Rakthamichtys Mumba: A new species of swamp eel belonging to the genus Rakthamicthys that is endemic to India was discovered in a well in Mumbai.
- This new species of blind freshwater eel was discovered by four scientists namely, Anil Mohapatra, Tejas Thackeray, Praveenraj Jayasimhan and Annam Pavan Kumar from the Zoological Survey of India (ZSI).
- It was found in a 40-foot deep well on the premises of a blind school at Jogeshwari West in 2019.
- This is the first such discovered species from Maharashtra and Northern western Ghats.
- Scientists had collected the hypogean species a couple of years ago. They continued performing on it till now.
- As per scientists, eel is a blind freshwater hypogean.
- This is the fifth species from the genus to be described from India.
- The article ‘Rakthamichthys Mumba, a new species of Hypogean eel (Teleostei: Synbranchidae) from Mumbai, Maharashtra, India’ was published in September 2021 in Aqua International Journal of Ichthyology.
About Blind Eel:
- Species are named ‘Rakthamichtys mumba’– the Mumbai blind eel, to pay tribute to the town it had been found in.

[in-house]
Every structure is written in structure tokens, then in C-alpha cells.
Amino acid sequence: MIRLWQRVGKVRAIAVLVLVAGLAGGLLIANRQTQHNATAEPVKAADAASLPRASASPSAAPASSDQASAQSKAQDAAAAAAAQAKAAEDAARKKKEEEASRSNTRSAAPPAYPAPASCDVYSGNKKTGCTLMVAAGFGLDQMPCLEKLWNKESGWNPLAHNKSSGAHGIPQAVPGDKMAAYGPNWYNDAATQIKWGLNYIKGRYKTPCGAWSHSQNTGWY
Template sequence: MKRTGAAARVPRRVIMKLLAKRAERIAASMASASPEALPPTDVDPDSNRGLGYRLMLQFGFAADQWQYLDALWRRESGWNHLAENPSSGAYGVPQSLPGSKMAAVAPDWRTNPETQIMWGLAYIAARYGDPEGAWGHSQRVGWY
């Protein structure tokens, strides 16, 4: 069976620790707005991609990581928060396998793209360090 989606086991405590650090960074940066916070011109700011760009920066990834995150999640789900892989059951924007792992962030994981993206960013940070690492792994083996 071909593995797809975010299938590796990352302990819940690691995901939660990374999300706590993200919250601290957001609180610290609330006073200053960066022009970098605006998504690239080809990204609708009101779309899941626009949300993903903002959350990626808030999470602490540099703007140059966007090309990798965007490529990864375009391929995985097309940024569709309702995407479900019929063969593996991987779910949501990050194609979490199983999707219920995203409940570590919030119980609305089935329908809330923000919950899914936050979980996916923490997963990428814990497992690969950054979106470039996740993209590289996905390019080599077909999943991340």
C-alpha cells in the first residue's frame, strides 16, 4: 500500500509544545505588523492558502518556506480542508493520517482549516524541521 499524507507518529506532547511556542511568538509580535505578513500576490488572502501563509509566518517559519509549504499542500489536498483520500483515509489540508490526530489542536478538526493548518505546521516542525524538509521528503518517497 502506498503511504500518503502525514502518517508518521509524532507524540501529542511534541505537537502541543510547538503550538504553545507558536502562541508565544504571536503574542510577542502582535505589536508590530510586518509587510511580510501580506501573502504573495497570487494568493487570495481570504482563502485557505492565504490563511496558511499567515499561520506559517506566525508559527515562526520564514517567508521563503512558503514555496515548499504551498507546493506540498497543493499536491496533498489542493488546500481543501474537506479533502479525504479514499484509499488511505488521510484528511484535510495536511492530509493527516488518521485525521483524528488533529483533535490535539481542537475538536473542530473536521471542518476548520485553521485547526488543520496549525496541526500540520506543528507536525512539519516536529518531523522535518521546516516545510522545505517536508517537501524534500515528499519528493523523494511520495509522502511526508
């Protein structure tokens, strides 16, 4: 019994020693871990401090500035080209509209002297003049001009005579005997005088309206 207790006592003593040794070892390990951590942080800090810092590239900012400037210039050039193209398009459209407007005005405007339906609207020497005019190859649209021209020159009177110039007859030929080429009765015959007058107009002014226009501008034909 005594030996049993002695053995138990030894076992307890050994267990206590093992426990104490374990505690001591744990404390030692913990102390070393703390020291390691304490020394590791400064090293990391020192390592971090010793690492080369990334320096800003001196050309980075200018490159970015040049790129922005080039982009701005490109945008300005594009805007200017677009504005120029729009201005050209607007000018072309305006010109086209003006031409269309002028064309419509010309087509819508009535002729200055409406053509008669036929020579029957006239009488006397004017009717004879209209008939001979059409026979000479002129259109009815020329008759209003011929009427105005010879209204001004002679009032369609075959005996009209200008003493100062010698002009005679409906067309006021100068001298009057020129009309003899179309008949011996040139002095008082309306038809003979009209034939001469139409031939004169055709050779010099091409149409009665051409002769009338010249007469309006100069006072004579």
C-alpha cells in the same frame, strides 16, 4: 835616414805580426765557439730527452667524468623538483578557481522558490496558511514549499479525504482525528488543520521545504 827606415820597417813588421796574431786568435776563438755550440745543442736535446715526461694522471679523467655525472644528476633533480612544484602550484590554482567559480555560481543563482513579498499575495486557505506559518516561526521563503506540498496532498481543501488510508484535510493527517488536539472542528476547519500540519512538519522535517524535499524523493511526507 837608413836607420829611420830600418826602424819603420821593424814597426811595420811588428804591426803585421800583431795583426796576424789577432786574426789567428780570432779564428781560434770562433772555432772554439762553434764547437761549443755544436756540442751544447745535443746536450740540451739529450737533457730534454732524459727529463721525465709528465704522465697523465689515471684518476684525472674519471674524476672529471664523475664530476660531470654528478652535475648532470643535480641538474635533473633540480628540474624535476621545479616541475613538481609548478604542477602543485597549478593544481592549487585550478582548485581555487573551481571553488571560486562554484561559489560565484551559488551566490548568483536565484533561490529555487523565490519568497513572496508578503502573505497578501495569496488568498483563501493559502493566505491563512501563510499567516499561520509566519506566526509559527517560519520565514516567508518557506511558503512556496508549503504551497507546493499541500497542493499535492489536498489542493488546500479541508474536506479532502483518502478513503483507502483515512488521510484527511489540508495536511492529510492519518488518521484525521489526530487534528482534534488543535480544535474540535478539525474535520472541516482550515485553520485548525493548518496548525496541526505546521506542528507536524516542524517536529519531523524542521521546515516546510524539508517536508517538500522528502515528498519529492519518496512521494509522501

Note: The species name Mumba refers to the locality in Mumbai. The word ‘Mumba’ derives its roots from the Marathi language, which honours Mumba Aai, a deity worshipped by inhabitants of the city.
- This is the fifth species from the genus to have originated from India.
- Unlike other species of its genus, this newly discovered freshwater bright-pink coloured specie lacks eyes, fins and scales, has jaws equal in forward extent, different gill aperture, crescentic-shaped cephalic.
- This is the first completely blind subterranean freshwater fish species
- The blind eel has a genetic distance of 21.6 – 22.8% as compared to other known species of Rakthamicthys genus.
- Rakthamichthys is a genus of swamp eels that are endemic to India.
- Three species (R. digressus, R. roseni, and R. indicus) are known from the Western Ghats and while one (R. rongsaw) is known from Northeast India.
- All species live underground, with three species being troglobitic in nature while one specie having a fossorial lifestyle.
- All species display adaptations to this lifestyle, including a bright red coloration and highly reduced eyes.